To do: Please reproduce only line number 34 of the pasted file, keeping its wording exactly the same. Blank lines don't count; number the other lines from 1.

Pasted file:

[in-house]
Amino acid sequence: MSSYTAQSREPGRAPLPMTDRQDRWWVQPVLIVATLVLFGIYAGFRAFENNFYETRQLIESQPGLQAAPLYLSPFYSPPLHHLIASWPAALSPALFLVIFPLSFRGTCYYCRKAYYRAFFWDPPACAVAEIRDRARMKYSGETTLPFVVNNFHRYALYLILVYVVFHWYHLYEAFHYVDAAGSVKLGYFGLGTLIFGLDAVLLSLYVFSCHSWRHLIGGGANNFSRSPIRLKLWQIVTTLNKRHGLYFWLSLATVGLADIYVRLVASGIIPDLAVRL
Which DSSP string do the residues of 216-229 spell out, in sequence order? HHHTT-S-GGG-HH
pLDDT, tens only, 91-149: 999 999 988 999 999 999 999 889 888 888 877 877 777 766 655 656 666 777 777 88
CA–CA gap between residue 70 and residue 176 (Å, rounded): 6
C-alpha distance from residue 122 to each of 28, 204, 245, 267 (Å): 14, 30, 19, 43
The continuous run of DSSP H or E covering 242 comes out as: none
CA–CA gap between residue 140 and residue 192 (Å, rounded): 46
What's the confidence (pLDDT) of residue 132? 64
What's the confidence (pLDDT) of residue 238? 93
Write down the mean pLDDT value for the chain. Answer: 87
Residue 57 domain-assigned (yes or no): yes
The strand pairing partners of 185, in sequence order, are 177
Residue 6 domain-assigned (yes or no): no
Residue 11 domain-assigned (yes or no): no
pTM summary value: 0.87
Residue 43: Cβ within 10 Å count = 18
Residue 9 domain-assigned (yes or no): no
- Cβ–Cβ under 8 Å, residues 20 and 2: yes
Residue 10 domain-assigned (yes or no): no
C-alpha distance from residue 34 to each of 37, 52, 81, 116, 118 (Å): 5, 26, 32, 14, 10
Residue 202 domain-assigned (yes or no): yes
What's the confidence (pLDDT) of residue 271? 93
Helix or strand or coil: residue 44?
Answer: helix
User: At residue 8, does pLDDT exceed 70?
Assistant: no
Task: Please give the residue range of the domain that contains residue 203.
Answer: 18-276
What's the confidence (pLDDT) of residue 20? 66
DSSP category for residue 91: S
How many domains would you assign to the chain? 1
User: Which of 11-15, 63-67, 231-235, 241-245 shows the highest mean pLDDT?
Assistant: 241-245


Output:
Assistant: 241-245